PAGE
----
“Fine. I’ll tell you who I am. I’m the one chance you’ve got of staying alive. That’s who I am.”
That’s it. That’s when she harnesses what it means to be the Doctor to her advantage. She does it because she has to, she knows, not because that’s who she is. It’ll surprise herself when she realises it — the Doctor guided her towards this, tells her that she needs to emerge as the leader of this band of misfits, but he didn’t think she’d do it like this. Like him. Nevertheless, he tells her “well done.”
“I just hope I can keep them all alive.”
“Ah. Welcome to my world. So, what’s next, Doctor Clara?”
“Lie to them.”
“Lie to them. Give them hope. Tell them they’re all going to be fine, isn’t that what you would do?”
“In a manner of speaking. It’s true that people with hope tend to run faster whereas people who think they’re doomed —”
“Dawdle. End up dead.”
“So that’s what I sound like?”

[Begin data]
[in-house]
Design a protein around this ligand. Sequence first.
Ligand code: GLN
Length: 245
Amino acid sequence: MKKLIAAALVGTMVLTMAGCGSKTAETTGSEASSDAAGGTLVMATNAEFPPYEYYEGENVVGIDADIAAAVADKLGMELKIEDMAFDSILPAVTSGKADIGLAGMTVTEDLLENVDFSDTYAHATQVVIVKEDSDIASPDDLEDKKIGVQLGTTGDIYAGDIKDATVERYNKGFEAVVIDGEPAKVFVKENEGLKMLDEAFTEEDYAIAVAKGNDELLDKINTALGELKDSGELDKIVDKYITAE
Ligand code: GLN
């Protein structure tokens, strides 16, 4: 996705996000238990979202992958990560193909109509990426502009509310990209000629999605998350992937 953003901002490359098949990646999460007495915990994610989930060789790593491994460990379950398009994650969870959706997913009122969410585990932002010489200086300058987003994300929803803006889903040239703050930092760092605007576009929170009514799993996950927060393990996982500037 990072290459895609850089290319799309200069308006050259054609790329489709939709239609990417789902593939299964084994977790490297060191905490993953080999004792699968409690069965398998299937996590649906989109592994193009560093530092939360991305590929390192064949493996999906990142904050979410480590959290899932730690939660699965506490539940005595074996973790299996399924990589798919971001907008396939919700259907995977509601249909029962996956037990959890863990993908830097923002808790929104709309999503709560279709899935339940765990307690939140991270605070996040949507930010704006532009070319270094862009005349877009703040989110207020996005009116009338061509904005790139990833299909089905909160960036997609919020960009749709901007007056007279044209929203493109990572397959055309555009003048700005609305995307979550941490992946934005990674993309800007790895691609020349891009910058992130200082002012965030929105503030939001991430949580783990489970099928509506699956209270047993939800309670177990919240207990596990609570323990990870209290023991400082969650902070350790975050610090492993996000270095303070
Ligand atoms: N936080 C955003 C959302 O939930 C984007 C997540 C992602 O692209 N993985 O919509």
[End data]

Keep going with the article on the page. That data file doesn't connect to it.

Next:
That right there. That’s the Doctor concealing how much he cares in moments like these, carefully packaging it into survival skills and probable outcomes. That’s him with a mirror in front of his face, being in the place of the companion, watching himself as someone who knows him well and who can adapt to his way of thinking makes the decisions he doesn’t even think about anymore. This is extraordinary, because he’s genuinely surprised, the last time he had a true mirror image, he stood opposite another him that had grown out of his own hand; and when he stood opposite 10.5, he was violently opposing Dalek genocide at the time. And I think he understands a bit better now how hard that must be for his human companions — at the same time as Clara understands what it’s like for him. And then, they meet in the middle of that issue, and that’s a dangerous space for them both to be.